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February 18, 2019, 09:17:12 AM *
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621  Bitcoin / Development & Technical Discussion / Re: About possibility to Sign messages in Segwit address in future on: February 05, 2018, 04:38:12 PM
My doubt, regarding signing in segwit address is if this is a "bug" and will soon be corrected, or is it an abandoned feature?
It is neither a bug nor an abandoned feature. It is just that we are still working on creating a more generalized signing scheme that lets people sign with things like P2SH addresses (e.g. sign with a multisig address). There is simply no standard yet for signing with such scripts or with Segwit.

Note that you don't actually sign with an address. You sign with a public-private keypair and your wallet interprets it as an address. Your wallet could just as easily interpret it as a segwit address. We are working on creating something that actually specifies the address type, and more generally, allows signing with scripts.
622  Other / Archival / Re: [LN] closing a payment channel on: February 05, 2018, 03:48:55 PM
I.E. Closing channel means posting latest ln tx on blockchain and waiting time-lock to expire.
The two parties in the channel can close the channel cooperatively and create a special closing transaction which does not have a time lock. In a unilateral close, you would have to wait for the timelock, but that should only be reserved for special circumstances where the other party is not available for a cooperative close.
623  Bitcoin / Bitcoin Technical Support / Re: bitcoind testnet solo mining on: February 05, 2018, 05:26:35 AM
With bitcoin-cli or in bitcoin-qt's debug console, use the generate and setgenerate commands.
624  Bitcoin / Development & Technical Discussion / Re: Why the fuck did Satoshi implement the 1 MB blocksize limit? on: February 04, 2018, 11:06:16 PM
The SPV system is not something that "keeps miners in check". The SPV system is a cryptographically secure way to know that a given transaction is part of a given block chain.
I never said that SPV was to "keep miners in check". You are completely misunderstanding me.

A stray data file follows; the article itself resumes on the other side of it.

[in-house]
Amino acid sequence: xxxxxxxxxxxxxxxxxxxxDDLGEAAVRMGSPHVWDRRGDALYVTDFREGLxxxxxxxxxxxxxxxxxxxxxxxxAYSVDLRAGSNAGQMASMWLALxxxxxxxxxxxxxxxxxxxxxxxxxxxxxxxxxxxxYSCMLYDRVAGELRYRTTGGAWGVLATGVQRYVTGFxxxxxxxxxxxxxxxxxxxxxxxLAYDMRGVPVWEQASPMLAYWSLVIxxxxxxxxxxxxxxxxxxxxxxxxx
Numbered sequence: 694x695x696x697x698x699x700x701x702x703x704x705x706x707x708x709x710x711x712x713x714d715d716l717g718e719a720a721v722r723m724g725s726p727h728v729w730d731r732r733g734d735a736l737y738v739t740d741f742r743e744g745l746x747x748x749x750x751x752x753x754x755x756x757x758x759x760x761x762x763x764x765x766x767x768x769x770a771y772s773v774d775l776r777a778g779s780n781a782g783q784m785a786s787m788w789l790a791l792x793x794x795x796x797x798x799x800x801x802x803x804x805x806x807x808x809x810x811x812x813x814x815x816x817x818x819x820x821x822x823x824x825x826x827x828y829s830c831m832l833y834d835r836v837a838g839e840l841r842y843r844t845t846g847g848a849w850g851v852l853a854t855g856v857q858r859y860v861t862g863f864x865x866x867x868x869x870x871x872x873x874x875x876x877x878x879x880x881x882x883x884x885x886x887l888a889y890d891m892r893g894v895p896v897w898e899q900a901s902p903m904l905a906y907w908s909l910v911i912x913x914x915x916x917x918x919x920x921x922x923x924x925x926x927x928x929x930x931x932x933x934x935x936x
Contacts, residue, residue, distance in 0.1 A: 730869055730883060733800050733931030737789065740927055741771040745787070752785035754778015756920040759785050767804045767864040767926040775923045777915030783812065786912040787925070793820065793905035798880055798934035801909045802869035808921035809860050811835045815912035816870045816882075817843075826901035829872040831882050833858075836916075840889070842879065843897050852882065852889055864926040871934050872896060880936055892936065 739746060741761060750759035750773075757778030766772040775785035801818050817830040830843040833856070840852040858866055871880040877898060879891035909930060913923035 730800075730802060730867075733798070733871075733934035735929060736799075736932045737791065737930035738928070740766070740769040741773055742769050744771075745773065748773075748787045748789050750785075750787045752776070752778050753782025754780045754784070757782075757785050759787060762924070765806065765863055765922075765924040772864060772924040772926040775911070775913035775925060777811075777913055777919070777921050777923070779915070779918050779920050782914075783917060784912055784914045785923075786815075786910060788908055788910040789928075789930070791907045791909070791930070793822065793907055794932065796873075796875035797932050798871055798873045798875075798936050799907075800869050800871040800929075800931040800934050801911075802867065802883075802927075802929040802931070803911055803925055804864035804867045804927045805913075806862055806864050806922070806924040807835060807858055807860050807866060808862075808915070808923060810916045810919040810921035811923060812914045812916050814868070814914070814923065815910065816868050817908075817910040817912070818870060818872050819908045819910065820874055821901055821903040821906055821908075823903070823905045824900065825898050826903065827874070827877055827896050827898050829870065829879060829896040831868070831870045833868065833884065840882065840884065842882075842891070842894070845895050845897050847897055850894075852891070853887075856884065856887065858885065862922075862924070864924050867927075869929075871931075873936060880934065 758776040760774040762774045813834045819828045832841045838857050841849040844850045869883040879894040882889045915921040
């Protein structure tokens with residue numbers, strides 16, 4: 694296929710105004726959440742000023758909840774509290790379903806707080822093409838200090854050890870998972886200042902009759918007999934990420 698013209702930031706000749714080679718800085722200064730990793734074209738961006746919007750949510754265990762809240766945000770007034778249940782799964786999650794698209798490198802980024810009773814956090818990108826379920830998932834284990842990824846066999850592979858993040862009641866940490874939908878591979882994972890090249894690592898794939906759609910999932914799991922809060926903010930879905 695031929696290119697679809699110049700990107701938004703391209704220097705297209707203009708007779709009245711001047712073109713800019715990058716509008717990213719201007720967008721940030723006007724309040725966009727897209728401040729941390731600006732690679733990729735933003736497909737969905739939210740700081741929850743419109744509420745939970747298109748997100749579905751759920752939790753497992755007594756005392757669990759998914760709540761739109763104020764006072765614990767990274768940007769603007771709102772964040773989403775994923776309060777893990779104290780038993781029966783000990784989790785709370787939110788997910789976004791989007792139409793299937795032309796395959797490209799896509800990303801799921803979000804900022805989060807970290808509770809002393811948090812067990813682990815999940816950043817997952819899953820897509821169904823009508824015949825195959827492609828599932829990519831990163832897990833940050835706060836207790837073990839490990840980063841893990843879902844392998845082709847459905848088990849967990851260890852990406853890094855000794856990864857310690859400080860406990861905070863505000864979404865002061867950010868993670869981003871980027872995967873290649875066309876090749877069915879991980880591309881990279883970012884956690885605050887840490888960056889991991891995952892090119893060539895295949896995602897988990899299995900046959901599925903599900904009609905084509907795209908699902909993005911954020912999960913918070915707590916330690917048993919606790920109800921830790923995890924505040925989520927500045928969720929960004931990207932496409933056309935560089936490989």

Fraud proofs are necessary to have a cryptogrpahically secure way to know that a transaction is part of a given blockchain AND that the transaction is valid. Yes, merkle trees ensure that a transaction is part of the blockchain. But nothing currently exist to prove that a transaction is valid without having to have the full transaction history. The only way that a transaction can be fully validated is to know the transactions that it spends from, and then the transactions those spend from, etc.

In that respect, it is working, and it is working correctly.  Wallets like electrum work that way as far as I understand.
No, it does not currently work, and it is not how Electrum works at all.

All that Electrum can do is know for certain that a transaction is included in a block. It must trust that the Electrum servers that it has connected to have actually verified the transaction. However if your Electrum wallet were to be connected to malicious Electrum servers, they could serve you invalid transactions which you would not know are invalid. Said transaction can be included as part of a block; the merkle root would be correct and the PoW of the block would be valid. BUT the block would contain an invalid transaction. For full nodes, this block would be entirely invalid and discarded. But we are talking about malicious Electrum servers here. So those malicious servers TELL YOU that the invalid transaction is actually valid, and so you accept it. There is no way for you to prove that the transaction is valid or invalid, Electrum simply does not have the data to fully verify the transaction. But we still have met all of the criteria that you wanted: the transaction is included in the merkle root and the block's PoW is valid. The big thing that you are missing is that the block includes an invalid transaction, and SPV wallets have no way of knowing whether the transaction is valid or not. Fraud proofs are required to prove that all of the transactions in a block are valid, and currently they do not exist nor is there a known way to make such proofs.

Just because a block has a valid PoW does not mean that all transactions in the block are valid. Just because they are included in the merkle root does not mean that all transactions in the block are valid. There is more to a valid block than just the merkle root and the PoW.



Edit: It's not worth my time to argue this with you. You clearly don't understand how Bitcoin or SPV wallets work. To my ignore list you go.
625  Bitcoin / Electrum / Re: Electrum on: February 04, 2018, 09:10:50 PM
Is there any way to force a sync? to make sure it has done one?
You can check if it is synced by clicking the green circle in the bottom right hand corner. This will bring up the network information. If you do not see a green circle, it will be either red or two arrows in a circle. If you see the red circle, you are disconnected from the network. The two arrows in a circle mean that you are currently syncing.

In the network information, you should see how many blocks you are synced up to. Make sure that matches what you see elsewhere on block explorers.
626  Bitcoin / Bitcoin Technical Support / Re: bitcoin core not making outbound connections or taking hours to make 2 or 3 outb on: February 04, 2018, 07:07:44 PM
I tried again, a couple times.
i see it appear for a split second as a peer then it goes away.
This is what I see in the log:

Code:
2018-02-04 19:00:29 Added connection to 71.13.92.62:4829 peer=53
2018-02-04 19:00:29 connection from 71.13.92.62:4829 accepted
2018-02-04 19:00:29 socket recv error Connection reset by peer (104)
2018-02-04 19:00:29 disconnecting peer=53
2018-02-04 19:00:29 Cleared nodestate for peer=53
This means that the disconnection is happening either on your machine or somewhere in between your machine and mine. I suspect it may be your ISP.